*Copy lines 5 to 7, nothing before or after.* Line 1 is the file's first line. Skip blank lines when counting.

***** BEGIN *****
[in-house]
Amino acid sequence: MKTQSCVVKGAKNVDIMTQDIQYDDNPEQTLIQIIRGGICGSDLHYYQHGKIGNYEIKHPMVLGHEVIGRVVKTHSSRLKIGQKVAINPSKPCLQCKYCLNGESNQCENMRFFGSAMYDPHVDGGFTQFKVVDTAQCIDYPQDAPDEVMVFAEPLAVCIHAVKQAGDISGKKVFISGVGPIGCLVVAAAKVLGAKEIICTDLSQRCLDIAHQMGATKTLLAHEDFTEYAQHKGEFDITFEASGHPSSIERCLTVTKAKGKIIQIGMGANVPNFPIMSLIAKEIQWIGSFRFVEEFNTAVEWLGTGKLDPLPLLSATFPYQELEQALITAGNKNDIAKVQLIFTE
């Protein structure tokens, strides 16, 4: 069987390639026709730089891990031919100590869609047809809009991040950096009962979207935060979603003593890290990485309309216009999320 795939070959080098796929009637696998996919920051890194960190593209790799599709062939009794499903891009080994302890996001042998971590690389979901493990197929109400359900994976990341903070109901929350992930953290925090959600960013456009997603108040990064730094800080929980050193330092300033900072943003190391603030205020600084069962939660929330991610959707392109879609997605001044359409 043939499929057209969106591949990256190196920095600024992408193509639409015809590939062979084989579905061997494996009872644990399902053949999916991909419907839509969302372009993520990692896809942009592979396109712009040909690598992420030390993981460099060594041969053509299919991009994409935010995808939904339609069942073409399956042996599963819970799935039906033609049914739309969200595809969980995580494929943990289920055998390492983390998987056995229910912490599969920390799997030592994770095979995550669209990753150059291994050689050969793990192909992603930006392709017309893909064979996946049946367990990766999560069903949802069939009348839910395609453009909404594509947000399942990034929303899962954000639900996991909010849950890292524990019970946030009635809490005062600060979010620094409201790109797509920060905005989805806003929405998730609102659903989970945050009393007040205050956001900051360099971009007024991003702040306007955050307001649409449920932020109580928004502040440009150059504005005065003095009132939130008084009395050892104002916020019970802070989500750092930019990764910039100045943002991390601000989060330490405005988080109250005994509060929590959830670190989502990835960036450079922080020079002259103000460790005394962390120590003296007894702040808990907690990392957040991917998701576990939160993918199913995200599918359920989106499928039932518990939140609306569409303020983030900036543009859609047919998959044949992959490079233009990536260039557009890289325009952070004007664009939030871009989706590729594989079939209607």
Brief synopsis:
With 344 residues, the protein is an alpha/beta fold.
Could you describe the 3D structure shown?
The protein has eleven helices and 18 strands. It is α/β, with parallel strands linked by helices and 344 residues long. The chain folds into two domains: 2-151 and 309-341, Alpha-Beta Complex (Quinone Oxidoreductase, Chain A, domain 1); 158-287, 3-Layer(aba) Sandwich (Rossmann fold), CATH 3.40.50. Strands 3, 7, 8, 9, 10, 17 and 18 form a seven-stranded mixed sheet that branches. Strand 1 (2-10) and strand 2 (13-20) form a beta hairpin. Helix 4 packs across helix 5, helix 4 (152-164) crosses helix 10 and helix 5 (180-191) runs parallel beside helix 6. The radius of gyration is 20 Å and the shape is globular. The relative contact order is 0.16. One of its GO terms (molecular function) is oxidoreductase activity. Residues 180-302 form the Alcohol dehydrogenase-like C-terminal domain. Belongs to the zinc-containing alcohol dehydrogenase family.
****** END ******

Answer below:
With 344 residues, the protein is an alpha/beta fold.
Could you describe the 3D structure shown?
The protein has eleven helices and 18 strands. It is α/β, with parallel strands linked by helices and 344 residues long. The chain folds into two domains: 2-151 and 309-341, Alpha-Beta Complex (Quinone Oxidoreductase, Chain A, domain 1); 158-287, 3-Layer(aba) Sandwich (Rossmann fold), CATH 3.40.50. Strands 3, 7, 8, 9, 10, 17 and 18 form a seven-stranded mixed sheet that branches. Strand 1 (2-10) and strand 2 (13-20) form a beta hairpin. Helix 4 packs across helix 5, helix 4 (152-164) crosses helix 10 and helix 5 (180-191) runs parallel beside helix 6. The radius of gyration is 20 Å and the shape is globular. The relative contact order is 0.16. One of its GO terms (molecular function) is oxidoreductase activity. Residues 180-302 form the Alcohol dehydrogenase-like C-terminal domain. Belongs to the zinc-containing alcohol dehydrogenase family.